There are some inevitable, unavoidable problems with going long, and I feel like Worth the Candle meditated on them enough that I don’t really feel like repeating them here. But I will, because I’m not strictly writing this for my own benefit.

  1. (This shouldn’t be a numbered list) Stories are about conflicts and end with their resolutions, so a story that goes on forever will have to only incrementally move forward its central conflict, or give up having a central conflict and just have sequential ones.
  2. Most stories are about internal conflicts, and most believable characters only have compelling internal conflicts in relatively short supply, especially since for good writing you don’t want multiple internal conflicts piling up on top of each other. Eventually, you’ve mined everything out. (Alright, brief aside, and I double-checked because I was sure that this was in Worth the Candle: in the first Back to the Future, Marty McFly doesn’t have all that much of a character arc. I think the argument I’d make is that he’s afraid of becoming washed up like his parents, letting his dreams die, and over the course of the movie, works on both his parents and himself. When they wrote the first movie, they weren’t at all thinking about the second movie, and when it came time to write the script, they invented a character flaw that could tie the second and third films together. Marty McFly was, suddenly, a hothead who couldn’t handle being called a coward. This wasn’t something that was present basically at all in the first movie. This is an interesting way of doing things that basically doesn’t work unless the biographical details of your protagonist are loose enough that you can retcon in a new flaw that wasn’t there before (or have that flaw organically arise from a change in circumstances).)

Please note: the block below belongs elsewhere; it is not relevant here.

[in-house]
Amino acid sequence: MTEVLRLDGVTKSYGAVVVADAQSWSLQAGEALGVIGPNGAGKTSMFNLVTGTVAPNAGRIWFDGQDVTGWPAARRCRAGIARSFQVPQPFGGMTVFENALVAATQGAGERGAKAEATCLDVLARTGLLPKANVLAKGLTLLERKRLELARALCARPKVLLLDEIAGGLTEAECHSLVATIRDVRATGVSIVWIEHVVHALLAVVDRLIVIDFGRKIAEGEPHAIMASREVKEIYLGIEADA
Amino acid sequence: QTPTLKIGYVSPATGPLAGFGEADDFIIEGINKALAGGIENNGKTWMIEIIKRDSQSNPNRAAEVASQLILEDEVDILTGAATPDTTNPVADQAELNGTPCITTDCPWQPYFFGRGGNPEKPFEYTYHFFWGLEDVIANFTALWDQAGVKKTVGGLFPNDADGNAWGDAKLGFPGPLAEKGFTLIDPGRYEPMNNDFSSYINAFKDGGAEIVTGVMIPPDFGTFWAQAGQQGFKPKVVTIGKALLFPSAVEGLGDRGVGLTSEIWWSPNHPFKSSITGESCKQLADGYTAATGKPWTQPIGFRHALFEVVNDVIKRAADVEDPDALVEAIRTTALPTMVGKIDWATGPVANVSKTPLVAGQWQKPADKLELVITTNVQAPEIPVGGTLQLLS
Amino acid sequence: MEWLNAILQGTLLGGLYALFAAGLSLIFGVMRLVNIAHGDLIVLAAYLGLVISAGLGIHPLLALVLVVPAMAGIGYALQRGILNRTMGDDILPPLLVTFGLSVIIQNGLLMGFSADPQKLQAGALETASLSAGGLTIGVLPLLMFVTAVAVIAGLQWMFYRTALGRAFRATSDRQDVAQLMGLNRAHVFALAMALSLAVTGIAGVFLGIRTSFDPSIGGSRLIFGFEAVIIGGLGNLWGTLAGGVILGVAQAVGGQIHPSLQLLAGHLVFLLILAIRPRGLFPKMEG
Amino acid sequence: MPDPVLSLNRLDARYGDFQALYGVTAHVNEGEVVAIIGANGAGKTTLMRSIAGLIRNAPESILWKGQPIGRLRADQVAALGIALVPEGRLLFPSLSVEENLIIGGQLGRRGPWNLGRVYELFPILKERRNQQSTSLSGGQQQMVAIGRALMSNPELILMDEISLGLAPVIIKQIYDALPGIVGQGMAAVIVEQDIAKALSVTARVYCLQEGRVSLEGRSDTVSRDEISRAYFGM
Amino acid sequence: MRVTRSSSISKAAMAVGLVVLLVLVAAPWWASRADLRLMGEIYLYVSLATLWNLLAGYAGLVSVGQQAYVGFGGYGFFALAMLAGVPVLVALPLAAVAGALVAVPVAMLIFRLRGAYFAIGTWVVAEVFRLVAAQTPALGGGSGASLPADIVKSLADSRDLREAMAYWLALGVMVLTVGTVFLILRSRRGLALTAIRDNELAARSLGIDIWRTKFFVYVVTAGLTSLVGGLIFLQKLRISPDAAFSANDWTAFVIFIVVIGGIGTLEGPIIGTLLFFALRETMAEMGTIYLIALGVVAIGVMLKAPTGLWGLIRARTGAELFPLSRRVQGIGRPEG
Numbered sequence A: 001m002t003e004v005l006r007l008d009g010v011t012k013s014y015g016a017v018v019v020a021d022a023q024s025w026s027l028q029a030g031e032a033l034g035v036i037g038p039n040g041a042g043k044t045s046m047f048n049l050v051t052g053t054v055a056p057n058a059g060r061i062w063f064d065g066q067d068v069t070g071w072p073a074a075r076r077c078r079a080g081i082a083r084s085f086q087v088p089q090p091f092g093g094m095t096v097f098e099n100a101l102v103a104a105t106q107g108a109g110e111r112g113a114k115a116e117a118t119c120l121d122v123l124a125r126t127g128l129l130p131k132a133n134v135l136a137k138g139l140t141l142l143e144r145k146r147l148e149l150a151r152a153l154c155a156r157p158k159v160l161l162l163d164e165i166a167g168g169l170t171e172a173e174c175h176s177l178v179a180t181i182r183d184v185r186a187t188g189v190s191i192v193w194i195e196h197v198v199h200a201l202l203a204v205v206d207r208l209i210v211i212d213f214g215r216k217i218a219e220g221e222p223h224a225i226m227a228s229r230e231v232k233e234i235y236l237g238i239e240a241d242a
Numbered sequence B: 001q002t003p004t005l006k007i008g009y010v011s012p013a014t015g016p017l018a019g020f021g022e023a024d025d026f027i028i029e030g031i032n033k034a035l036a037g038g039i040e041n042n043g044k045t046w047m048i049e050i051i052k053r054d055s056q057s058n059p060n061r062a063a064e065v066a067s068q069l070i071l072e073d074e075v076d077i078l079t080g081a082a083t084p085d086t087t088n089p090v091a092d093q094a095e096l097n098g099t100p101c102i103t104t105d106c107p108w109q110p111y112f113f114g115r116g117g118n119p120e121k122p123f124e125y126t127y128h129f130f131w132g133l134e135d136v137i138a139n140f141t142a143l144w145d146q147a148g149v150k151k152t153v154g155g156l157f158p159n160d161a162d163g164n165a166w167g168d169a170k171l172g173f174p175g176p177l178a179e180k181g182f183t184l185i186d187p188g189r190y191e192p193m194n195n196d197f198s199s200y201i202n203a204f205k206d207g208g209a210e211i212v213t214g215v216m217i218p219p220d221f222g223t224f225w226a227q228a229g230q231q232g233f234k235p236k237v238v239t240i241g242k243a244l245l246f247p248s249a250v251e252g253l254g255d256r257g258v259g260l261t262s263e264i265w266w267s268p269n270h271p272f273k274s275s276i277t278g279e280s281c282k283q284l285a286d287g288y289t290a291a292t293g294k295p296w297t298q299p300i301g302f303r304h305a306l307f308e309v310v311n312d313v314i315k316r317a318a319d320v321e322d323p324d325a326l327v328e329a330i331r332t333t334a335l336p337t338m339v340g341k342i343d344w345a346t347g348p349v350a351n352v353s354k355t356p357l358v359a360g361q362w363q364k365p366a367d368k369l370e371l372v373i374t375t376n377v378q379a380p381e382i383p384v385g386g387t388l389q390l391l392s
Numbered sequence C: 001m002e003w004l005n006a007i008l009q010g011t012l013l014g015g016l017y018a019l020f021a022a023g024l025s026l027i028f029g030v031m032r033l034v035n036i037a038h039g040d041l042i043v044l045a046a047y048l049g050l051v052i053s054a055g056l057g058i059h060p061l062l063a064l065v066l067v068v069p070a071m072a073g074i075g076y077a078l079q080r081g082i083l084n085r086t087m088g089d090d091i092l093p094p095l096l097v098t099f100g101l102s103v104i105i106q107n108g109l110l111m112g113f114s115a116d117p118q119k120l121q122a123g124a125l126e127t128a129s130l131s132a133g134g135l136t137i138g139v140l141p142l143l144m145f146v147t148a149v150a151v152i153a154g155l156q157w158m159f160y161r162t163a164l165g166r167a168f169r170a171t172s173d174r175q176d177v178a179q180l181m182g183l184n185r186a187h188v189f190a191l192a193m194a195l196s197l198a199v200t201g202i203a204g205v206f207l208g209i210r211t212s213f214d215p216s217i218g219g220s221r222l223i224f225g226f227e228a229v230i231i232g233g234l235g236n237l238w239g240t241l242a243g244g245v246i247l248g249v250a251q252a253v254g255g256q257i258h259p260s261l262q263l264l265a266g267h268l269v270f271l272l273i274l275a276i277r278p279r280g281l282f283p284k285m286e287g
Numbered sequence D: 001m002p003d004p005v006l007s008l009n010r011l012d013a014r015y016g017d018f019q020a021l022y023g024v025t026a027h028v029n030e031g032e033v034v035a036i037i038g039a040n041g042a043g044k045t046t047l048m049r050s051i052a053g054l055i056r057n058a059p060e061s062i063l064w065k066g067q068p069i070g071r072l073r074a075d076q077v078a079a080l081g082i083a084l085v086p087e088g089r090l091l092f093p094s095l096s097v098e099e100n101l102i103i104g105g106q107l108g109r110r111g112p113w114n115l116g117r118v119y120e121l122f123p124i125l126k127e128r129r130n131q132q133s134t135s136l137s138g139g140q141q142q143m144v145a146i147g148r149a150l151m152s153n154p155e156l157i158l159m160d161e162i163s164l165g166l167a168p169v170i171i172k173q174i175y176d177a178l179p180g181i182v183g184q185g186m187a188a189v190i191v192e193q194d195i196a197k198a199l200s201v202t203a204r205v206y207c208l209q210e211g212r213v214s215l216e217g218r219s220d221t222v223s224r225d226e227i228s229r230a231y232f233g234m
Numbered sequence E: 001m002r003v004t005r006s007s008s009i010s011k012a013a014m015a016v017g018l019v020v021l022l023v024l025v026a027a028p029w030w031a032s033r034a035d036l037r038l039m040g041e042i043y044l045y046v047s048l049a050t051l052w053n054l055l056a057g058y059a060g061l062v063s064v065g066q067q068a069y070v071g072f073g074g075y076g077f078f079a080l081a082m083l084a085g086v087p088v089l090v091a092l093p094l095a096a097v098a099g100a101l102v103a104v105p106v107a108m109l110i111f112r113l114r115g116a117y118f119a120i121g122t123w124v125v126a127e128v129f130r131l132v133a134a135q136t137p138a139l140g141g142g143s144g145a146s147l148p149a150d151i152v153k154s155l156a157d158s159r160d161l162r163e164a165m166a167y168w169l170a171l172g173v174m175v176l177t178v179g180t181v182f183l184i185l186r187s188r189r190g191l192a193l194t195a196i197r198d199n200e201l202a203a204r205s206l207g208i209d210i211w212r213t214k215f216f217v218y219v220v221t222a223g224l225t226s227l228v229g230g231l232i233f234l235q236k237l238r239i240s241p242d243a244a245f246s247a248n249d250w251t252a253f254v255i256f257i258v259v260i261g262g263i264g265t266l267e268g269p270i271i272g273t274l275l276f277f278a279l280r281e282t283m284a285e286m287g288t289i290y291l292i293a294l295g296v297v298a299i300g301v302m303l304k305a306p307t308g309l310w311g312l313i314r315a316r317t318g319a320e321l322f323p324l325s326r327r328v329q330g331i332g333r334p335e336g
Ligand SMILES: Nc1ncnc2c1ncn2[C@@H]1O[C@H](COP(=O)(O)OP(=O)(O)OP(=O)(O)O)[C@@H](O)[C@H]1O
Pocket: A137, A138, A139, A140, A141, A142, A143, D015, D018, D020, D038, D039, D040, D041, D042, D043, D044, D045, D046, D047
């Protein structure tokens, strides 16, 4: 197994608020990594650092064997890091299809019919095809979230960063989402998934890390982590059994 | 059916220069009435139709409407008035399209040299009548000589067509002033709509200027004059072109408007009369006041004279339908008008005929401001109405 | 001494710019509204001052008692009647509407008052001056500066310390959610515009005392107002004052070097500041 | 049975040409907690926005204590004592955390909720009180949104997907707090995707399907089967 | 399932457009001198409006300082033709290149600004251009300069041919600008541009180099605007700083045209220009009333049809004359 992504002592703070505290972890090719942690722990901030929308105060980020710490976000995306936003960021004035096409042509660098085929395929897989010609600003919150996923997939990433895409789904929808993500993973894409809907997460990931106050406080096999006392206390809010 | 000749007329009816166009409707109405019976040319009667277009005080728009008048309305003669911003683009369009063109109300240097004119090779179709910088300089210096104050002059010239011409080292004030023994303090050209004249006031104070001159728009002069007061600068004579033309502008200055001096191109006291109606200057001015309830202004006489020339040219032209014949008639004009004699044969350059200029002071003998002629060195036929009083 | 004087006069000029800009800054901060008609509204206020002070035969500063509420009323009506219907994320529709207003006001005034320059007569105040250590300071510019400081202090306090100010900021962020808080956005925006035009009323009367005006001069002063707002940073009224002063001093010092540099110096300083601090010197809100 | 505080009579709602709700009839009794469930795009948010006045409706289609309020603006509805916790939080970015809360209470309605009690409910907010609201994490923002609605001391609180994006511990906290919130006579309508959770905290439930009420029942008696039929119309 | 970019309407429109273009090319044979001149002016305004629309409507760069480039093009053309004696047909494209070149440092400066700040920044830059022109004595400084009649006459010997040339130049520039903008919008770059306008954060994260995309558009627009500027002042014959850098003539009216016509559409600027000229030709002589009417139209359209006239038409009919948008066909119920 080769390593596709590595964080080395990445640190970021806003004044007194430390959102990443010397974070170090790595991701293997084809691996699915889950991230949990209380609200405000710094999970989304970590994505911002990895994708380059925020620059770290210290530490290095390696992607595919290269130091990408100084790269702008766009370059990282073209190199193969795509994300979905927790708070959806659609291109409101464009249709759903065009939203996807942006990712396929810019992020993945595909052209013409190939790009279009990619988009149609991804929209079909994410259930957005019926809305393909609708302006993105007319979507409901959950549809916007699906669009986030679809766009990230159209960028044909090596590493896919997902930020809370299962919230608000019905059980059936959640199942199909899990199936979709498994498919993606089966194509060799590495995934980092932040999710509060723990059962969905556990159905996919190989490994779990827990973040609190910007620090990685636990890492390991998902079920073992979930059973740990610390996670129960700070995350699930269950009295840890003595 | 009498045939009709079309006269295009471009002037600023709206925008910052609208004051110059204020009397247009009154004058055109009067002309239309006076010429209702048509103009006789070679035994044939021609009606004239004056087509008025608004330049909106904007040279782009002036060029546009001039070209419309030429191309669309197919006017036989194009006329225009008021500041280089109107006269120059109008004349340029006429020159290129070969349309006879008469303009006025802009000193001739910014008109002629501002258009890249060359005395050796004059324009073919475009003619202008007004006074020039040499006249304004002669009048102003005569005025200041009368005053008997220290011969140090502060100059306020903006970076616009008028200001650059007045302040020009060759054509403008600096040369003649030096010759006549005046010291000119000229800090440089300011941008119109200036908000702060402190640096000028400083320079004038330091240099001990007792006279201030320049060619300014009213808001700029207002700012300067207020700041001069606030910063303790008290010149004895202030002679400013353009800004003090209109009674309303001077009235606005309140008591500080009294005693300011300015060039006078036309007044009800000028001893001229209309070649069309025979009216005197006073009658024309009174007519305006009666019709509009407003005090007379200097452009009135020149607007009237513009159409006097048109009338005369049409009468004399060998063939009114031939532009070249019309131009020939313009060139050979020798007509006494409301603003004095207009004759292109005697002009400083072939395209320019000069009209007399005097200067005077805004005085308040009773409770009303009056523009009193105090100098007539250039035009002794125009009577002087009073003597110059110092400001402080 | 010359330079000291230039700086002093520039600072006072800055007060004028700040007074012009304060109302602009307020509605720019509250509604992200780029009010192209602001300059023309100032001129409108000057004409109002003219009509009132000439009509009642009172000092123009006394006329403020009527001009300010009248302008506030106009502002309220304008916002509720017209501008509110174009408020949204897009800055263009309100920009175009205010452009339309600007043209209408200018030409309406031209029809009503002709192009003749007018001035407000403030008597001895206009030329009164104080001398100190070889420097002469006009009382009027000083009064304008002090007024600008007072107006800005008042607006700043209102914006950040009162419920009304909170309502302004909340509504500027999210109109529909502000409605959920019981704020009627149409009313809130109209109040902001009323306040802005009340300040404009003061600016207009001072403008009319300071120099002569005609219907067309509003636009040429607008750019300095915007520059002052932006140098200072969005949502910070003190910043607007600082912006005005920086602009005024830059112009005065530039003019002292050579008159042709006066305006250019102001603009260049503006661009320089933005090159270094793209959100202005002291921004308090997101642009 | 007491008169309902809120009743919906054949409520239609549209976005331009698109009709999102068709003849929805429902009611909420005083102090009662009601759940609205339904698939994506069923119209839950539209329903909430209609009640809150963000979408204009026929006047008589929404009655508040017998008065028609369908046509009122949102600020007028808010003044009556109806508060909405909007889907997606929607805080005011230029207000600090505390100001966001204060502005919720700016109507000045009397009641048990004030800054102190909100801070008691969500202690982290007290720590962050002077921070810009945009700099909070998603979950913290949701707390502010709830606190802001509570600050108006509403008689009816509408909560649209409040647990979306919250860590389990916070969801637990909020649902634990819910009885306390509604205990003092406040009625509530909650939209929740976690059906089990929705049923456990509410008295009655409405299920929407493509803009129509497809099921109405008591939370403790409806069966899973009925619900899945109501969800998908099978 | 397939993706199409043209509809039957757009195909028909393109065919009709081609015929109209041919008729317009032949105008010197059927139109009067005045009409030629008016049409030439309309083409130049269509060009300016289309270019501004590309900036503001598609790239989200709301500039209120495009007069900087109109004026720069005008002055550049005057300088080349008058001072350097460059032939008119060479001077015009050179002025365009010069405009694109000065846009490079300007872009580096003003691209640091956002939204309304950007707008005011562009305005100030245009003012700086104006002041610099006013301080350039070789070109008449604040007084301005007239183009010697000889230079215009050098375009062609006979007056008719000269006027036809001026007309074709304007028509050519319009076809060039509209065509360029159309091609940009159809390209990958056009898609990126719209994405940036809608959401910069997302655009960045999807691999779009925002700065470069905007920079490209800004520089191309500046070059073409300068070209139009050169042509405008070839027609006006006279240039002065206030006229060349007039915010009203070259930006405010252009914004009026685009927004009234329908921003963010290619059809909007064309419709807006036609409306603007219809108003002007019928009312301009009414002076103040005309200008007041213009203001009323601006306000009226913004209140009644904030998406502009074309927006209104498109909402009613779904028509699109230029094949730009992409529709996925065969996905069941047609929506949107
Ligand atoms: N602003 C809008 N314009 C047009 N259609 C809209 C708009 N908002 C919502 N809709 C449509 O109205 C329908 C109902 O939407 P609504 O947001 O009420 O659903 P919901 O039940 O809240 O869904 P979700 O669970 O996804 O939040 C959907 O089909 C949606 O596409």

3. Stories don’t necessarily need to have twists and reveals, but I do think they’re fun, and something that can really help a story to thrive. Unfortunately, twists and reveals can’t come from nowhere, not if you want them to be good, and I think there are some practical limits on how many a given work can have.
  4. Stores don’t necessarily need to have escalation, but like with twists, they really help a story work. Unfortunately, you run into believability problems the higher up you go, and there are also the problems of having more and more people involved. If the world hangs in the balance, there should probably be thousands of people working on the problem. And in the end, escalation can only take you so high, until meta-gods are warring over the universe.

One of the reasons that I was most happy to end TUTBAD more or less where I did was that it felt like it was starting to butt up against all the problems that come with going long. There’s certainly more story left to tell, and arguably some guns left up on the mantle, but I didn’t want to flip over every rock.

Glimwarden is the next thing I’m going to write, and I’m rewriting it now, but also replanning it, taking a look at notes that are nearly a decade old. I’m obviously not going to talk about those plans and what’s changed, but I’m trying to nest and weave the narrative arcs well in advance. That’s not usually how writing serially goes for me, but I guess we’ll see how well I can stay on the tracks I’m designing for myself, and whether this actually does help to make something that is, in the end, stronger.